I remember the day I left for Korea like it was yesterday. My stomach was flying with nerves as I began unpacking my bags at the airport. I recall my luggage weighing too much and I was frantically throwing things in and out of my suitcase. At that time, I hadn't traveled much and I knew nothing about teaching and had very little knowledge about Korea and Korean people. Even though I tried to do as much research as possible, no travel book could have prepared me for the journey ahead. Below I offer three tips about things you should do prior to departing to teach in Korea.Read More
Teachers Share their Experiences While Living Abroad!
In 2016, Korea is still one of the most popular destinations to teach English. Teachers can save while travelling and enjoy an excellent standard of living while meeting foreigners from all over the world. Over the past 5 years, Korea’s expat community has almost doubled, and plenty of job seekers from Eastern Europe and the USA are finding more and more opportunities for career growth on the Asian continent. With the release of Gangnam-Style and K-drama/ K- pop becoming increasingly popular, more and more foreigners haven been drawn to Korea.Read More
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As a bank manager in the U.S., I was in complete shock with how convenient banking in Korea is. In the U.S., it seems that there was so much paperwork and red tape that you needed to do just to get tasks accomplished. Shortly after you arrive to teach in in Korea you will quickly realize how convenient and efficient banking is compared to back home.Read More
As the late Freddie Mercury said, “Another one bites the dust…” Of course in this classic tune the legendary Queen singer was referring to the start of a new term at Chungdahm. So we come again to that tri-monthly ritual of welcoming yet another crop of new students to our classrooms. While I have had a few problem children during my time teaching, at the same time it is quite difficult to lose your favorite students, both those that were naturally gifted from the start, or those that had to scratch and claw their way just to be able to proudly exclaim those magical four words, “Teacher, I leveled up!”
A new job is always simultaneously exciting and scary, but especially so when your job is on the other side of the world. After working at Chungdahm for the past ten months, I’ve picked up one or two things that you can expect to encounter while teaching English in Korea that I wish I’d known before. So, allow me to be your Chungdahm spirit guide. Here’s what you should know:
One of the great things about teaching English in Korea for Chungdahm is that instructors have the opportunity to make extra money during the students’ summer and winter breaks. During this time, Chungdahm offers Winter/Summer Workshops which are three hour classes in the morning usually from 9:30am to 12:30pm. Depending on your branch, class schedule may be a bit different. The class subjects range from basic reading, listening, and comprehension to TOEFL test preparations.
It’s a great way to make use of the extra time Instructors have in the morning. Instructors performing these workshops will have the option to work as little as 2 days a week, and if you’re ambitious up to 6 days a week. Currently I am doing 6 days a week. I admit, it does get intense and tiring, but the good thing is it’s only for a month. The good chunk of money I’ll be making is worth suffering for only a month.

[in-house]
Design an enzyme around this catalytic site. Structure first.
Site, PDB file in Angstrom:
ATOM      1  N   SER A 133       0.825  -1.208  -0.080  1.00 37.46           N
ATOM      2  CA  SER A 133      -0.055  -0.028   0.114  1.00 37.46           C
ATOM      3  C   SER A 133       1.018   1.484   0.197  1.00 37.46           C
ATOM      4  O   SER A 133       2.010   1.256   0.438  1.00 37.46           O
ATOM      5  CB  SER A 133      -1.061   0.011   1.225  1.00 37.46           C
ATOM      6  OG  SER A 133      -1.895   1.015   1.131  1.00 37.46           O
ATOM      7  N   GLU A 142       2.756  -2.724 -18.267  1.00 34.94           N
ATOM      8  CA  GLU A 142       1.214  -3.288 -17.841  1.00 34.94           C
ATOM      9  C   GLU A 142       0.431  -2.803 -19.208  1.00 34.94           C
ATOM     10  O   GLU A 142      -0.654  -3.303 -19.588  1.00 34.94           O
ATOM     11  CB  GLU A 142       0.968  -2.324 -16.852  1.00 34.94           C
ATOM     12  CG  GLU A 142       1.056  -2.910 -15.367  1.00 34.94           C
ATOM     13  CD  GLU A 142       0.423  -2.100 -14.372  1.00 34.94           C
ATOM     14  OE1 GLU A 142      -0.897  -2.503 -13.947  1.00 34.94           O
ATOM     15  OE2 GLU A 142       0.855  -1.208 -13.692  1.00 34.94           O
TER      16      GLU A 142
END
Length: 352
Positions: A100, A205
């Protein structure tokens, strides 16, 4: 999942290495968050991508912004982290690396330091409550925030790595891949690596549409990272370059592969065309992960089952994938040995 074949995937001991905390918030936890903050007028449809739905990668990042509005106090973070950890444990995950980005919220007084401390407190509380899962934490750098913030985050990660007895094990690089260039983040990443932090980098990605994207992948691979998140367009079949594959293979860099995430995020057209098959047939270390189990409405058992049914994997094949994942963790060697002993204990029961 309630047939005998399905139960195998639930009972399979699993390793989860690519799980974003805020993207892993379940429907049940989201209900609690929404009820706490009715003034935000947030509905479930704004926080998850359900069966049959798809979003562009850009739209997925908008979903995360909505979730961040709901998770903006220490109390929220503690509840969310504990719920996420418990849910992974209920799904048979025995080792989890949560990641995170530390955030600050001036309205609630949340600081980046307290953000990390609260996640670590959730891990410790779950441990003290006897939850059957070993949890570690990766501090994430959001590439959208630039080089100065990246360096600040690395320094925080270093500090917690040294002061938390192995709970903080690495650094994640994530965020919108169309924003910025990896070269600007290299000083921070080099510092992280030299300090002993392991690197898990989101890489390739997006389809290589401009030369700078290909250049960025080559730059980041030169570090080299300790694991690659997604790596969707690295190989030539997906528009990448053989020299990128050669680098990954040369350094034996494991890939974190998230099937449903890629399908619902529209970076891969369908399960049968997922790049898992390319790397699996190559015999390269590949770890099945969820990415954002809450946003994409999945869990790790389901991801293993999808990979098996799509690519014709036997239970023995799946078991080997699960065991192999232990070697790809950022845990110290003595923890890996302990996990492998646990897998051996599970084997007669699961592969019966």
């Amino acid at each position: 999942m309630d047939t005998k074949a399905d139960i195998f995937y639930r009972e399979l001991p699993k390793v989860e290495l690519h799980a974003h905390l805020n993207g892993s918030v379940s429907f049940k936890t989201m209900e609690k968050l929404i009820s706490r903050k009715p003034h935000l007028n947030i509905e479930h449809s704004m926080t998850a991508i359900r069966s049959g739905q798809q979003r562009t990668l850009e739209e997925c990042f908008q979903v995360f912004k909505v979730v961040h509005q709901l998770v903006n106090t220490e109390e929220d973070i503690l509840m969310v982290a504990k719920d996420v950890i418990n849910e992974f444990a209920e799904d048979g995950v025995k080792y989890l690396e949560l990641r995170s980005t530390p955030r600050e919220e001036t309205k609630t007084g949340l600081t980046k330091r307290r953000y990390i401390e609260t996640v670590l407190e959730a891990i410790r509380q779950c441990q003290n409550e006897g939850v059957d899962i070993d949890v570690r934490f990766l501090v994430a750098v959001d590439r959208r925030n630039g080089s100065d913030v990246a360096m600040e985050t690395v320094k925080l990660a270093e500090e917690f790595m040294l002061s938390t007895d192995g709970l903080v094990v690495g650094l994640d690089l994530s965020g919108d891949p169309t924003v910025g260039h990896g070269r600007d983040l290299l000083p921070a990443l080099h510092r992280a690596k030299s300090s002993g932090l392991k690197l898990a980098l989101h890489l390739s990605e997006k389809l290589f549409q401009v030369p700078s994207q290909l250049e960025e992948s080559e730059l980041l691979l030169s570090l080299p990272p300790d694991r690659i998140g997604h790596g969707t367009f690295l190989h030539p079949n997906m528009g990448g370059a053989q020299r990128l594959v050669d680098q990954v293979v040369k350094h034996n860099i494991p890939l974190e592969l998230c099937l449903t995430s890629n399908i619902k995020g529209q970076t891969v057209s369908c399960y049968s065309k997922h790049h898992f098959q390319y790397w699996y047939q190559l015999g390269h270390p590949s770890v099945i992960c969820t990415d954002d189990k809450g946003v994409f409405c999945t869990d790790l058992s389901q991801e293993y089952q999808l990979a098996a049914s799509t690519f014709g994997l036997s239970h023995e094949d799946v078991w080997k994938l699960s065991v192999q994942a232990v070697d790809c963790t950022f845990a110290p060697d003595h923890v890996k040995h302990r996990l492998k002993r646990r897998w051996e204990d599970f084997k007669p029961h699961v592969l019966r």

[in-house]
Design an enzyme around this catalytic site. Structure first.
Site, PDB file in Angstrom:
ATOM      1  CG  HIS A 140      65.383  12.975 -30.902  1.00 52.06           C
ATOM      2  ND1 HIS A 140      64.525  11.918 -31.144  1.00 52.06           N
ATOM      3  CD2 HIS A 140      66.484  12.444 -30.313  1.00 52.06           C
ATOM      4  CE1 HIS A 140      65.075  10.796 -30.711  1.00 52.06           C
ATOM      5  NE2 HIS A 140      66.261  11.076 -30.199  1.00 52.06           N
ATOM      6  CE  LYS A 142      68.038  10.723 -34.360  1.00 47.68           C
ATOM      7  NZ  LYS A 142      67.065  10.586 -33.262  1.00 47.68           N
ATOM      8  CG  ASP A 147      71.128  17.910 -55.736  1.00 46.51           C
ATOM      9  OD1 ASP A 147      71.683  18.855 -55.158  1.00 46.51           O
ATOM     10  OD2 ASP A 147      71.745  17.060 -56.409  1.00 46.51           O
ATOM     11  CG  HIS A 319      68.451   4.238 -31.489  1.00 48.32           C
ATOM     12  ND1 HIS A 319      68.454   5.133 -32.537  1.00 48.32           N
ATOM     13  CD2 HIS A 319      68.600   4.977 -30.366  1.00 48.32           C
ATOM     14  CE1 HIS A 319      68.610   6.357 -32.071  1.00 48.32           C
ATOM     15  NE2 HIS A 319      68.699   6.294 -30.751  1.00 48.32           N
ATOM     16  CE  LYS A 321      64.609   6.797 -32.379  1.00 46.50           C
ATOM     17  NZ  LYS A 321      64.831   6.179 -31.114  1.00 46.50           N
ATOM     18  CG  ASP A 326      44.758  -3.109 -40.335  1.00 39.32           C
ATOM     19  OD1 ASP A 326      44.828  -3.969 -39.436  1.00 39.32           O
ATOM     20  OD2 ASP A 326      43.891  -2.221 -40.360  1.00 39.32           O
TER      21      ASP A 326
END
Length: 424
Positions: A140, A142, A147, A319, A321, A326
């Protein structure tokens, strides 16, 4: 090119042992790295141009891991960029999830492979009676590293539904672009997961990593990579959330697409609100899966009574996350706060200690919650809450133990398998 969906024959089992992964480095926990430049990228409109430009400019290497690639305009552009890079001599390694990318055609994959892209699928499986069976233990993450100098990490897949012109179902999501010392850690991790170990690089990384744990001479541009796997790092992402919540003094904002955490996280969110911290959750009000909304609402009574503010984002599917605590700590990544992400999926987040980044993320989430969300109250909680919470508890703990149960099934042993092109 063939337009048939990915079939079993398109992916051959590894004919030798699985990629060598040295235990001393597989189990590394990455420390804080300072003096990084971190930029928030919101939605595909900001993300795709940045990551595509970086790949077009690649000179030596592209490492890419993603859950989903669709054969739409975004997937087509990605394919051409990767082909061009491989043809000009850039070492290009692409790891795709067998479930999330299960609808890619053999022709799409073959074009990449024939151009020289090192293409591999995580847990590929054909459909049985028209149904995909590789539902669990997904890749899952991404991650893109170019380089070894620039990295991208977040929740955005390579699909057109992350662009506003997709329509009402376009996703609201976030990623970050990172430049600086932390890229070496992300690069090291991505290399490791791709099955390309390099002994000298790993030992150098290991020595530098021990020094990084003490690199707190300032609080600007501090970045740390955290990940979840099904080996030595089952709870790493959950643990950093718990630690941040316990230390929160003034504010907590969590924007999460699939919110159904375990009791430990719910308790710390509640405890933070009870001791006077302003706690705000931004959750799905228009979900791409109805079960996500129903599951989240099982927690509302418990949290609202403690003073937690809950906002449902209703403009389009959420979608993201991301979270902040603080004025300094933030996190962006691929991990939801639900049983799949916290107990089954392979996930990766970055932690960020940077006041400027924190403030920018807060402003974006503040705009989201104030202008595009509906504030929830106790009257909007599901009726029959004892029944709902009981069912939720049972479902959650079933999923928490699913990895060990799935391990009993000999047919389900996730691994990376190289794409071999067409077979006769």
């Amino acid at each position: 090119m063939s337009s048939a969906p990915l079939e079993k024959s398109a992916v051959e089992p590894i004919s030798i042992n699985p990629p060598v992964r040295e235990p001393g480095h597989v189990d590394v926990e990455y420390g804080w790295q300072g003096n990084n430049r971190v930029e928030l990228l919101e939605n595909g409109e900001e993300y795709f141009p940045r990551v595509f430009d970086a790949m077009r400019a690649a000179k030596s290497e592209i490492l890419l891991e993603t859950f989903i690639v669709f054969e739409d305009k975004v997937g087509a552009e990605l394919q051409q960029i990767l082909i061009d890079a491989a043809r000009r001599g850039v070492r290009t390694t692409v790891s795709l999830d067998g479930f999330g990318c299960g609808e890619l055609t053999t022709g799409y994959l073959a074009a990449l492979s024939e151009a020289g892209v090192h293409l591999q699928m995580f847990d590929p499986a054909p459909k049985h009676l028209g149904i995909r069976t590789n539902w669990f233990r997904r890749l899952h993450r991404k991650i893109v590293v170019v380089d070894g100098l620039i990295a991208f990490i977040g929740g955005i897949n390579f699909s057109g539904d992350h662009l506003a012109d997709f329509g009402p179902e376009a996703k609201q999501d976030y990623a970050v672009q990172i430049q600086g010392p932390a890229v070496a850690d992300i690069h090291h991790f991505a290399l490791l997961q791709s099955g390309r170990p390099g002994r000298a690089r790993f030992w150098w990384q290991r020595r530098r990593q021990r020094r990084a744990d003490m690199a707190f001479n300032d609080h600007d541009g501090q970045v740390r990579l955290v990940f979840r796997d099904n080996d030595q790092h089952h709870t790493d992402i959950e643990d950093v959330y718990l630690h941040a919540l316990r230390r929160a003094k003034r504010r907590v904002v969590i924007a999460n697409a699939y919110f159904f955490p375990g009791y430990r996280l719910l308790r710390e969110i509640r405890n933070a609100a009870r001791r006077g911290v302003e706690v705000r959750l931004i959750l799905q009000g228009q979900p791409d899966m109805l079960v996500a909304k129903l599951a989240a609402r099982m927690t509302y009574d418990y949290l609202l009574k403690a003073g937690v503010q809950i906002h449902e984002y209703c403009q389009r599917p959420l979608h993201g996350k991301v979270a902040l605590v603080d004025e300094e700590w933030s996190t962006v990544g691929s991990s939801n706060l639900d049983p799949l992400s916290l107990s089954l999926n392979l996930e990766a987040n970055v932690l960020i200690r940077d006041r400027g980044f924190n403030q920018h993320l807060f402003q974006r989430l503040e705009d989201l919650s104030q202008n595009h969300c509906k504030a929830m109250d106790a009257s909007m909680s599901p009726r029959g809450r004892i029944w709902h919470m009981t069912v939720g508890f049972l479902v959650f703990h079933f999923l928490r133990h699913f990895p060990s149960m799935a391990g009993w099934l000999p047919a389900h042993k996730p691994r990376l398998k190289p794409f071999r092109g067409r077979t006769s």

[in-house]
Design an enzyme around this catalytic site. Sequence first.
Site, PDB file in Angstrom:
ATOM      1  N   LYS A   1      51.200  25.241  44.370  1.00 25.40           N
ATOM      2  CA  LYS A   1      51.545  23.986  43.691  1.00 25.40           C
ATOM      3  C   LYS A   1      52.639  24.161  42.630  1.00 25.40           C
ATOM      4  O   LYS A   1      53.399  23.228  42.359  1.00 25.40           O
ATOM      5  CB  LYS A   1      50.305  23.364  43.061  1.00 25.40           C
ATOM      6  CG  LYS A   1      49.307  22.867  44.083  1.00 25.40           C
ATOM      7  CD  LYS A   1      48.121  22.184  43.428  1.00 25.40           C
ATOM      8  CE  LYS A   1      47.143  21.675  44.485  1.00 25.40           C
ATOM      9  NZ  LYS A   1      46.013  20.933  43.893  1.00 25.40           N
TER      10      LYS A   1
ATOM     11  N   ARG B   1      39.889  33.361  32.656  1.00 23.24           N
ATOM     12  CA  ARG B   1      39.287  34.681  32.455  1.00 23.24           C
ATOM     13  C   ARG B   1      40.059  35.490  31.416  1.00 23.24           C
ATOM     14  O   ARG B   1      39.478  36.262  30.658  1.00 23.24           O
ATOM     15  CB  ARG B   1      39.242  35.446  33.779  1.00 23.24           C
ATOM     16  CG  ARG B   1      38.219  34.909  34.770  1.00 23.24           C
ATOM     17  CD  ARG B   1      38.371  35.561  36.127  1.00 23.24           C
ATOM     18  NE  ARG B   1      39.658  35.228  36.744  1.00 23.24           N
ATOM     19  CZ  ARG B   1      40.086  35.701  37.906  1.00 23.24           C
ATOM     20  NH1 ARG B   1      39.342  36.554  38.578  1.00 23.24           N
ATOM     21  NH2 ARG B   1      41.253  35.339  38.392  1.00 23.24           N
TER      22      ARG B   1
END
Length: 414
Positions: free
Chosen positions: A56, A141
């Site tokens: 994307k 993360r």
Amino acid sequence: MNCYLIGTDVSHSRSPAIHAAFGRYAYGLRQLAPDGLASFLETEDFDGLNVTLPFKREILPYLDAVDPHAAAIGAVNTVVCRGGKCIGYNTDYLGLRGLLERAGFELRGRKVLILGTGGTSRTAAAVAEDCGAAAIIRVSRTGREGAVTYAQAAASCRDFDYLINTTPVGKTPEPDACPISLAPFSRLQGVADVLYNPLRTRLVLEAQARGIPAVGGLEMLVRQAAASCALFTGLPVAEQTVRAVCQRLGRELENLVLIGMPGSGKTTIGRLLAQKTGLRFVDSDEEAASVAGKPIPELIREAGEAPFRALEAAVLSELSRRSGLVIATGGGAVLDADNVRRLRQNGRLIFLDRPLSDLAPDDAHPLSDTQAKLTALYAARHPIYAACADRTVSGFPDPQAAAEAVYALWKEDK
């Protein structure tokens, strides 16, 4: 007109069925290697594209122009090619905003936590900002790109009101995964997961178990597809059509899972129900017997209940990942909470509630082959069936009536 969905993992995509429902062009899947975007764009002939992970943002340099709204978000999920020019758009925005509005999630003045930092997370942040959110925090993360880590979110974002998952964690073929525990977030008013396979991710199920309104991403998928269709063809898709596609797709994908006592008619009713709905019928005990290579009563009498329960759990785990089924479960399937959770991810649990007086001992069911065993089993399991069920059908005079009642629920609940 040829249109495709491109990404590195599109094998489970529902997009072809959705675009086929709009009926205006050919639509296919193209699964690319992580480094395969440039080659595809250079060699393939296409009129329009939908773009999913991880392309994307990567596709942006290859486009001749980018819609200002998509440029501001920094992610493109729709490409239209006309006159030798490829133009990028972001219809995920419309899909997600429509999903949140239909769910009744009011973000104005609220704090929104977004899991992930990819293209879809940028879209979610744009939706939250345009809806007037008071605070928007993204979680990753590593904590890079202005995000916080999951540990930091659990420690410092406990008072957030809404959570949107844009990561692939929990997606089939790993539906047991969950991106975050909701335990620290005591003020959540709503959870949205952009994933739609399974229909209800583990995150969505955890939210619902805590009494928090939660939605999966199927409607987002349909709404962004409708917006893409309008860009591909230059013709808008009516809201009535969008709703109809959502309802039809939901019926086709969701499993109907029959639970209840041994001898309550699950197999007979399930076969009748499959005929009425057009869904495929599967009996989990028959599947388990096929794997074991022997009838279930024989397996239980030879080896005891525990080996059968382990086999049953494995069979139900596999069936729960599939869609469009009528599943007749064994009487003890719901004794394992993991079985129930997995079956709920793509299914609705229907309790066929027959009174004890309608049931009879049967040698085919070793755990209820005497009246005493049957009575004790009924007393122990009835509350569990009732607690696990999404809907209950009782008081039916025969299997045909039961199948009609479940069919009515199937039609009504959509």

There were many factors to consider before making the final decision to come to teach English in South Korea. I probably thought about it for a good 6 months. Here’s a list of concerns I had and the reasons why I chose to come to Korea to teach English. Hopefully this list will help you decide as well or just calm your fears.
Tags: ex-pat life in Korea, preparing to teach in Korea, moving to Korea, getting around seoul, Teach English in Korea, living in Korea, teaching in Korea, Teach English in Korea, Teach English overseas, Teach English abroad, Activities to do in Korea, Nightlife in Korea, Transportation in Korea
As I prepared to come to abroad, I worried plenty about my actual job of teaching English in Korea, but I also gave a great deal of thought to how, and with who, I would be spending my free time. Chungdahm does a pretty good job of preparing you for your job, but with anything outside of work, it can sometimes feel like you are on your own. Fortunately, there are thousands of expats in Korea that were once in your shoes and are willing to help; you just have to know where to find them.
Recently, I have been getting a lot of questions regarding the week of training that ChungDahm requires you to go through upon arriving in Korea. I remember at first I was perfectly confident and excited to get started, but then I heard rumors of how intense training week is, and I started feeling nervous. To dispel any rumors I will tell you right now that the level of intensity of training week is relative and depends entirely on your level of preparedness. So let me give you my own personal breakdown of it all so you know a little of what to expect.
In the first couple days that you’re in Korea, you will have to study for four short quizzes. You will be asked to watch a few videos to help you prepare. The four quizzes include:
- The History of ChungDahm
- ChungDahm’s Code of Conduct
- Grammar Review
- Reading Skills Review
As you are preparing to teach English in Korea, it might be helpful to know exactly what types of clothes to pack and what you should leave at home. I know in my case it would have been helpful if I had some guidelines on what to bring. Even if you do forget an item, rest assured that you will have no problem finding most any style or size of clothing in Korea, but you will save yourself a lot of time, money, and energy if you are aware of what to pack before you travel to Korea.